Cross-platform products help Windows, Mac cohabit
- — 11 January, 2001 11:08
For several years, Mac users have been able to work with Windows applications using emulators such as Connectix's Virtual PC or to connect to large Windows networks with Thursby Software's Dave. But the emulators tended to be too slow, and Dave was a bit too complex, especially for a SOHO environment. Now Connectix, Thursby Software, and Miramar Systems have software that should make cross-platform network connections downright simple.
File, printer sharing options
Connectix DoubleTalk, priced at $US99, is designed to let Mac users access a Windows network, swap files, and use Windows printers.
The program includes a wizard that steps you through the setup process. You tell it the domain and workgroup name, and it does the rest. After you log in to the network, you access shared files through the Mac's Chooser, as you would on an AppleTalk network, but instead of Apple's network protocol, it uses TCP/IP for data transfers.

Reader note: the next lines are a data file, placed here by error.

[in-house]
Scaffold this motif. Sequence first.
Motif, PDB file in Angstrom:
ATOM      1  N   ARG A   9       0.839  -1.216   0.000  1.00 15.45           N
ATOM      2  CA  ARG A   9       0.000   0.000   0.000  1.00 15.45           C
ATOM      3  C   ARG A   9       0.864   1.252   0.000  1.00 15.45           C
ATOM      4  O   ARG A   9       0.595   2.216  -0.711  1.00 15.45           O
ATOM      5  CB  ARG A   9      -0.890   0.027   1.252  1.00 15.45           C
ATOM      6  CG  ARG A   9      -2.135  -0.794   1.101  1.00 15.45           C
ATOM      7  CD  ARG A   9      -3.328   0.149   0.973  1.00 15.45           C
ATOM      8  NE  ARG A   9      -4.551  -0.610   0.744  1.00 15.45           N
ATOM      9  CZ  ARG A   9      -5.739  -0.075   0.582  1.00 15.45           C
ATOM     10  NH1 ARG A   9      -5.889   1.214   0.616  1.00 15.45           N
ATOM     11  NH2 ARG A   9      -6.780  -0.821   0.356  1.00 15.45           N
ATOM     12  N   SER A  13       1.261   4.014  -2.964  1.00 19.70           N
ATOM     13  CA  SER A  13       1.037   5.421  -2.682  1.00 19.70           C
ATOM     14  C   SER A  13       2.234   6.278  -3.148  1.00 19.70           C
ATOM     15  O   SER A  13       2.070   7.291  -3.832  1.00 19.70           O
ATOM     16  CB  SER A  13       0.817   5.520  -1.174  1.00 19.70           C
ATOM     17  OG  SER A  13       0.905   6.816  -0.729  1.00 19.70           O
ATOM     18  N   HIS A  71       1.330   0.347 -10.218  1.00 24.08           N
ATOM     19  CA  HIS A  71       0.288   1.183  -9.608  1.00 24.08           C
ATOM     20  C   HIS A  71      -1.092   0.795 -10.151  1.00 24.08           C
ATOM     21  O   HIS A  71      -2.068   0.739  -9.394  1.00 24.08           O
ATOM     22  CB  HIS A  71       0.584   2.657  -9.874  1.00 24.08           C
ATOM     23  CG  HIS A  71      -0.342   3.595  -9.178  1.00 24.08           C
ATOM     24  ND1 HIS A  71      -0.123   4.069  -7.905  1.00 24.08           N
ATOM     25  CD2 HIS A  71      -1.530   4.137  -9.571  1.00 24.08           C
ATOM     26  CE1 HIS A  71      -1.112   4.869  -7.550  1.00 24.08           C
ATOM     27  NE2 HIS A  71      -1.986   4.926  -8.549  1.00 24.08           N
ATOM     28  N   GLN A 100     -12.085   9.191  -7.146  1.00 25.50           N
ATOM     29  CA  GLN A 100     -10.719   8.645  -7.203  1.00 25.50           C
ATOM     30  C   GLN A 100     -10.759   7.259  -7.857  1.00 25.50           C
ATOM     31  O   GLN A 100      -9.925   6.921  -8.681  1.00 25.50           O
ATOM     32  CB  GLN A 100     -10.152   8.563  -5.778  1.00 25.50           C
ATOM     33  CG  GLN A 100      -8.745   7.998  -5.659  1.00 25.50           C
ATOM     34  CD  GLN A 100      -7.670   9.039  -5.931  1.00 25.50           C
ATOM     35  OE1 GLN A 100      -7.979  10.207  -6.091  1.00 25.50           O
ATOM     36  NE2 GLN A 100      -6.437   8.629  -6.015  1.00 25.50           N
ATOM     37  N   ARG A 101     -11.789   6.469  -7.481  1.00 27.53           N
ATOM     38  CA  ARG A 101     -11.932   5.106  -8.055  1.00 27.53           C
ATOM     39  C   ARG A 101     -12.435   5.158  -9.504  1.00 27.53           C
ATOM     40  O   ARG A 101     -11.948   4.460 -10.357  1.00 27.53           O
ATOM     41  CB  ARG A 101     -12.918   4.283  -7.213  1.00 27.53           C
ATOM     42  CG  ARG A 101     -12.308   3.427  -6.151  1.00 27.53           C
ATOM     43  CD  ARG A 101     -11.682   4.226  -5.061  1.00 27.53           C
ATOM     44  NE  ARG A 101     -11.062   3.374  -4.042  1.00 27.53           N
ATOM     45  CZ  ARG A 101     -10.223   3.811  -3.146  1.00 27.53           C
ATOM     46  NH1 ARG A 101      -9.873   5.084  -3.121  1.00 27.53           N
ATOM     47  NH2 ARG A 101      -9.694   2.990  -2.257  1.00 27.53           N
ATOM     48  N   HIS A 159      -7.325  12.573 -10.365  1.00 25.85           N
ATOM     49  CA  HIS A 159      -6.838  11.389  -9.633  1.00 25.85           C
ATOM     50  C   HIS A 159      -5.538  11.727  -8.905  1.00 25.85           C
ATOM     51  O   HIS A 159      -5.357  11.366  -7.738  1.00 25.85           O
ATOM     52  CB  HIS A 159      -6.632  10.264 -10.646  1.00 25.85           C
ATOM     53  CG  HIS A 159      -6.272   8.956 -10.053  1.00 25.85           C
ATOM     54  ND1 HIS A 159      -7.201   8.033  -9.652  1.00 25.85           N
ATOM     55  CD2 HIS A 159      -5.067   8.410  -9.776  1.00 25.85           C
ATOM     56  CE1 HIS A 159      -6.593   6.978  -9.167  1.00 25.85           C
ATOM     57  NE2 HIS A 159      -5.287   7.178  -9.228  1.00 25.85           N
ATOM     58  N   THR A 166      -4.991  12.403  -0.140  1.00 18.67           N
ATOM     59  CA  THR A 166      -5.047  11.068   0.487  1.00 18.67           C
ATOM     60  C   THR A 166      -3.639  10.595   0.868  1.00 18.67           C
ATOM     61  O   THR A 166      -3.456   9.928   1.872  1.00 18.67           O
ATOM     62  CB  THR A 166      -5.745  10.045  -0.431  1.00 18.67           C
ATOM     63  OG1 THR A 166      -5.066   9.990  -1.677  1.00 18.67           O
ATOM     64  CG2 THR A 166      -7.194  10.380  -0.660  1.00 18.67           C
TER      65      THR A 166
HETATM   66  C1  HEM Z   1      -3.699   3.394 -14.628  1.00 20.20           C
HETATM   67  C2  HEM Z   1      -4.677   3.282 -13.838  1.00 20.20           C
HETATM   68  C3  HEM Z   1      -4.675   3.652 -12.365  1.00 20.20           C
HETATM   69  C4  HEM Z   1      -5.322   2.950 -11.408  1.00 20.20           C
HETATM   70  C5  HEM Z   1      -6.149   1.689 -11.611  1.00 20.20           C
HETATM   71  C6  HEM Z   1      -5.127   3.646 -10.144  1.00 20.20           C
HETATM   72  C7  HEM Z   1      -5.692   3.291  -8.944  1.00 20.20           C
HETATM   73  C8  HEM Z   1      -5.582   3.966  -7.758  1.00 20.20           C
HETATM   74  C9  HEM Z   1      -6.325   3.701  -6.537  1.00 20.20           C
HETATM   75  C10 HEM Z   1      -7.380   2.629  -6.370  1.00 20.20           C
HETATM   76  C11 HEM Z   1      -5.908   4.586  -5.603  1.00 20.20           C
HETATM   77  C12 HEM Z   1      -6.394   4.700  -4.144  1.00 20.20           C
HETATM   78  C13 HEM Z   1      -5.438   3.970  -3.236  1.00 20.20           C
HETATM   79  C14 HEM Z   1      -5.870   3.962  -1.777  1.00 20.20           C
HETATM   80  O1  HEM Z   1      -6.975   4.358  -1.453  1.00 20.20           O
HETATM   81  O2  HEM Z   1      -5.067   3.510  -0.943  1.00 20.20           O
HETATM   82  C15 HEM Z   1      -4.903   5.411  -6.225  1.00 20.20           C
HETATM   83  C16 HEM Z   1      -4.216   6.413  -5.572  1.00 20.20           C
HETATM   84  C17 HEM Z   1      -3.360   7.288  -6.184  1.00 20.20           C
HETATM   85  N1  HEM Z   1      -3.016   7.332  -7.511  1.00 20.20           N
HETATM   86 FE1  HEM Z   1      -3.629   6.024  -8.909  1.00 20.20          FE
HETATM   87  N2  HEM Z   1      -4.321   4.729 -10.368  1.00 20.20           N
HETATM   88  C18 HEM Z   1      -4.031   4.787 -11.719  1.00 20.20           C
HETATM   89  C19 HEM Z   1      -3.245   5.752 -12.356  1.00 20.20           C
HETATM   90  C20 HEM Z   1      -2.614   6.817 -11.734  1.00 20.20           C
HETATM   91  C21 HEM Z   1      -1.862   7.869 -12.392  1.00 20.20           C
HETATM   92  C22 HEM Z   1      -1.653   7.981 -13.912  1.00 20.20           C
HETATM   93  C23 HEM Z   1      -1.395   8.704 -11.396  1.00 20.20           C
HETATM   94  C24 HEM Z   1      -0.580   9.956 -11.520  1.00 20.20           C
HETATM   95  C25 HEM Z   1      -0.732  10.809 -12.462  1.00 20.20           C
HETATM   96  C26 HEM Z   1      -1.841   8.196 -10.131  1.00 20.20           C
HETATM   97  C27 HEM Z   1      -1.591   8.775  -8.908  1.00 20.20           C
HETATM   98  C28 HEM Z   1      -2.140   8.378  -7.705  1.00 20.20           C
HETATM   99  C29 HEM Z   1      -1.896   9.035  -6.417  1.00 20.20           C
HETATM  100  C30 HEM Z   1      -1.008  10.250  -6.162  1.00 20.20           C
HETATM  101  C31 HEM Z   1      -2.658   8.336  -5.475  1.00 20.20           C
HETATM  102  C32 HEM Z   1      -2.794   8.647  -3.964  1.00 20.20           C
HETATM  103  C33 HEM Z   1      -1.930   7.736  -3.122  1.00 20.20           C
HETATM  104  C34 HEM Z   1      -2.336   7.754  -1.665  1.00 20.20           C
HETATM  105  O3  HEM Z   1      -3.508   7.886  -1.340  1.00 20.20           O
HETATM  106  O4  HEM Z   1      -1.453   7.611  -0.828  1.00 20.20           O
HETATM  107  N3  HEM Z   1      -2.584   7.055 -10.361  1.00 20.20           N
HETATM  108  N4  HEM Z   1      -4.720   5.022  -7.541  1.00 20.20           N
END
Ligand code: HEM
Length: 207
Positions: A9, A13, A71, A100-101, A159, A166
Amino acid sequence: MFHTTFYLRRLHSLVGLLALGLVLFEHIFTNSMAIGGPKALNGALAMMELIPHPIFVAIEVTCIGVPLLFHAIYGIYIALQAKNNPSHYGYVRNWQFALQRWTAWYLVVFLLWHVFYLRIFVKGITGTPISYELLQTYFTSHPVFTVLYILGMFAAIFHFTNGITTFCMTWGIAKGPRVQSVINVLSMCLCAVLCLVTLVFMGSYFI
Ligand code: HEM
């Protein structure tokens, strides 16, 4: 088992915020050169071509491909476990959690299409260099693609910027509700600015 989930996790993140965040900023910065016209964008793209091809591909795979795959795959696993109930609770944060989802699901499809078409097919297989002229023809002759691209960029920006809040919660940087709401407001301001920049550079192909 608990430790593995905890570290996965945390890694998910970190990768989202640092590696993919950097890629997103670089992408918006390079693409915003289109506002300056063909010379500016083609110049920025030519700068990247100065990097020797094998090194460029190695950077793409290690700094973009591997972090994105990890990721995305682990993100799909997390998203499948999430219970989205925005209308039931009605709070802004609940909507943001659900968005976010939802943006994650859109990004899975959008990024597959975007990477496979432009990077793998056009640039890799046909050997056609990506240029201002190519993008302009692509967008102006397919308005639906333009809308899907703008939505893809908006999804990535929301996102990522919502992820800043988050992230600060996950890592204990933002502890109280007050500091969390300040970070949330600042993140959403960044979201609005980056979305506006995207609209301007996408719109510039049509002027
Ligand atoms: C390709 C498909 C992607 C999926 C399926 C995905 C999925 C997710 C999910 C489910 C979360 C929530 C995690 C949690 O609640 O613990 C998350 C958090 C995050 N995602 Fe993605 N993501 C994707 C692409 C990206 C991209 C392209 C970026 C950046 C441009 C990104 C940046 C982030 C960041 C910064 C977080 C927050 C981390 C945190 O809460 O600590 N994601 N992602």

Thursby Software's $US99 MacSOHO, which was released in late 2000, is a similar product, except you can do only file sharing, not printer sharing.
Macs for Windows users
But if you're a Windows machine in a sea of Macs, you might be better off with Thursby's $US149 TSStalk, which you load onto a PC. The software lets a Windows PC access a Mac network, including files and printers, via AppleTalk. After you set up TSStalk, you access the network just as you would a Windows network, through the Network Neighborhood. If you need a more robust entrance to a Mac network, Miramar Systems has started shipping the $US199 PC MacLAN for Windows 95, 98, and Millennium Edition. The latest version of this product adds IP networking and two-way printer sharing. See? We can all get along.
But what if you're a former Mac addict who was forced to migrate to a PC? You can get back your beloved Apple menu and Finder with Emulator's SoftMac 2000.
The program runs Mac OS 8.1 over Windows, so you don't just get the look of a Mac, you are actually running it (or a reasonable facsimile thereof). Of course, you'll be about four years out-of-date OS-wise (Apple currently ships Mac OS 9.1, with Mac OS X due in a few months). But you'll still be able to maintain your righteous indignation for those Windoze drones.